"If you put a mountain next to something that's lower, the water is going to run down," McGowan said.

To avoid a deluge, residents would have to pay an "insane" amount to have their homes elevated to the same level as the road, McGowan said.

McGowan lives in Fort Lauderdale's Edgewood neighborhood, where nearly 300 homes were damaged in a record-breaking rainstorm that hit last year on April 12—including McGowan's. Many homeowners did not have flood insurance.

"I lost everything," McGowan said. "It took nine months to get back in my house. Dozens of people in my neighborhood are still displaced. We were ground zero for that flood."

Retreating from the coast?

Another option considered by some coastal cities is what is known as managed retreat, where property owners voluntarily leave flood-prone areas.

Municipalities typically rely on planning, zoning and environmental impact assessments to subtly manage retreat, according to a report authored by Gabriella Mickel published last year in the UCLA Journal of Environmental Law Policy.

"For example, Punta Gorda limits new development in flood-prone areas and prohibits hard shoreline armoring," Mickel wrote. "Punta Gorda has also utilized another managed retreat tactic—buyouts. Punta Gorda buys out properties to help people move away from the coastline. It then uses the land to build living shorelines that buffer floods and facilitate the inland migration of coastal habitats."

Fort Lauderdale officials have made no mention of buying out private property owners—not yet, anyway.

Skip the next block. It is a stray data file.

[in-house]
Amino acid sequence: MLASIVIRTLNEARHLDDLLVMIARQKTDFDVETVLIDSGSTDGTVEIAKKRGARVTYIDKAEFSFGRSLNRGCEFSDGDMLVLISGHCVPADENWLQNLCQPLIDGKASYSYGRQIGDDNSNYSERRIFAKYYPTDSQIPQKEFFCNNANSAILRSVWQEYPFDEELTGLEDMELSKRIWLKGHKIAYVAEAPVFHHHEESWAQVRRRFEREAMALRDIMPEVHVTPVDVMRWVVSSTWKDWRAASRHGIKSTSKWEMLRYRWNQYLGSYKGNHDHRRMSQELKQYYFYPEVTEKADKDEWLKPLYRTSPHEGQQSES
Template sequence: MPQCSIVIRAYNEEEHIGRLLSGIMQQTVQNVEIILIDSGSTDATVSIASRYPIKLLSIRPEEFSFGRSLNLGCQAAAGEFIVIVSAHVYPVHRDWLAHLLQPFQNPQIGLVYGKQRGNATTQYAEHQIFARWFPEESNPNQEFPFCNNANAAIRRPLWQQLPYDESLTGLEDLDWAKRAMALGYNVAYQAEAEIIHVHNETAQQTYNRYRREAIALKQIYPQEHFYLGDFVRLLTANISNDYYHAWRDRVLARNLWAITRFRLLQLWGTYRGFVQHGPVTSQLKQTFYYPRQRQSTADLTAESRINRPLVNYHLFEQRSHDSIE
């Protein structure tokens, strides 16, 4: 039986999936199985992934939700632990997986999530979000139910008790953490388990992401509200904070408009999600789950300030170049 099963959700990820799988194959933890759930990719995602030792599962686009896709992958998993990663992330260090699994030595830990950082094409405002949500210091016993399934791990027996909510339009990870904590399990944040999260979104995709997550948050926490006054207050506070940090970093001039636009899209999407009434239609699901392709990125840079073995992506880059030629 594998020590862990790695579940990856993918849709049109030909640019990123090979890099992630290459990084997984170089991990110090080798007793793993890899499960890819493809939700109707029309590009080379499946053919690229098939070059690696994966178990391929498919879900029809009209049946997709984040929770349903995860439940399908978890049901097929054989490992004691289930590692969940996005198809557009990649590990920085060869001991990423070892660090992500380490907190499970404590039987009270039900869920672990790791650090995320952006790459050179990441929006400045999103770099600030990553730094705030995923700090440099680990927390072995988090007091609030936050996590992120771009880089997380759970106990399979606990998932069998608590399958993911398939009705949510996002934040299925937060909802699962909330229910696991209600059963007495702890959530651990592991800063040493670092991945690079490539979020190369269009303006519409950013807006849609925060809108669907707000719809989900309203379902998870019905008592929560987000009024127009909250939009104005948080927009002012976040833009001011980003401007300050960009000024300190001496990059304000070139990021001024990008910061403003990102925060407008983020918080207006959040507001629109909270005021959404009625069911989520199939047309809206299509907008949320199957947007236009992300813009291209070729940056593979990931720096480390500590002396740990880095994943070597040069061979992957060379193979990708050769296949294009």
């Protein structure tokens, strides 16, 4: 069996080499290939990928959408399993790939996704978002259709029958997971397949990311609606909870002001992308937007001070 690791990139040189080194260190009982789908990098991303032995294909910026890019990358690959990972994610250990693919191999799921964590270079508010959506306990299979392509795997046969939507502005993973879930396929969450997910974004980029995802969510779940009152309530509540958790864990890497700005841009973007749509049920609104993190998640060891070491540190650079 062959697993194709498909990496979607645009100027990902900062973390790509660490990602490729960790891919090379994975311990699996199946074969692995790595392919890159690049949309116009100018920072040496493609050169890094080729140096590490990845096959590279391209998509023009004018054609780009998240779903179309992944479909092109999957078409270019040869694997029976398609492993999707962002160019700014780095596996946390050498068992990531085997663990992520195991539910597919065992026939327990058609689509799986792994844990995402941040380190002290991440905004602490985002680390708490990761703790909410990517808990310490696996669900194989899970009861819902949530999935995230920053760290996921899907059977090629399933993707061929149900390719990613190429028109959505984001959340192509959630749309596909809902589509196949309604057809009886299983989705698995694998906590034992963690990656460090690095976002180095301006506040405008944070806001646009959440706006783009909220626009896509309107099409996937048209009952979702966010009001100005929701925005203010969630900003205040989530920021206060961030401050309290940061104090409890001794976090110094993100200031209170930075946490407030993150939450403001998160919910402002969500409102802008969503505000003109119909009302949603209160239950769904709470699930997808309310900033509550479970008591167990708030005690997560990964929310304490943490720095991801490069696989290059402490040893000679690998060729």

"How do you tell people it's not really worth trying to save your street or your home?" Glassman said. "It's scary. It's a scary thought. But it might be the reality of the future. But that's part of a much larger discussion."

Last year, Fort Lauderdale commissioners gave unanimous approval to new seawall height requirements, increasing the minimum top elevation from 3.9 feet to 5 feet.

Seawalls are not cheap.

A homeowner with a 100-foot-long seawall might end up paying anywhere from $125,000 to $200,000.

The new rule, mandated by Broward County to address and tidal flooding, will apply to homeowners who fall into one of three categories:

  • Those who are building a new seawall.
  • Those with seawalls in significant disrepair, with damage to more than 50% of the structure.
  • Those with seawalls so low that tidal flooding breaches the seawall and sends water into neighboring yards and nearby roadways.

In March 2020, Broward County adopted new seawall standards for more than a dozen cities susceptible to high-tide flooding and gave them two years to adopt the new rules.

Several cities have already done so, including Hollywood, Dania Beach, Hallandale Beach, Davie, Deerfield Beach, Pompano Beach, Wilton Manors, Oakland Park and Lauderdale-by-the-Sea.

Fort Lauderdale homeowners cited by the city will have one year to build or replace their . If they miss the 365-day deadline, they can be fined $100 a day.

2024 South Florida Sun-Sentinel. Distributed by Tribune Content Agency, LLC.

Citation: Fort Lauderdale is looking at raising roads to battle rising seas (2024, March 18) retrieved 30 May 2024 from
This document is subject to copyright. Apart from any fair dealing for the purpose of private study or research, no part may be reproduced without the written permission. The content is provided for information purposes only.

Explore further

Florida floods: Airport reopens as residents clean up mess


Feedback to editors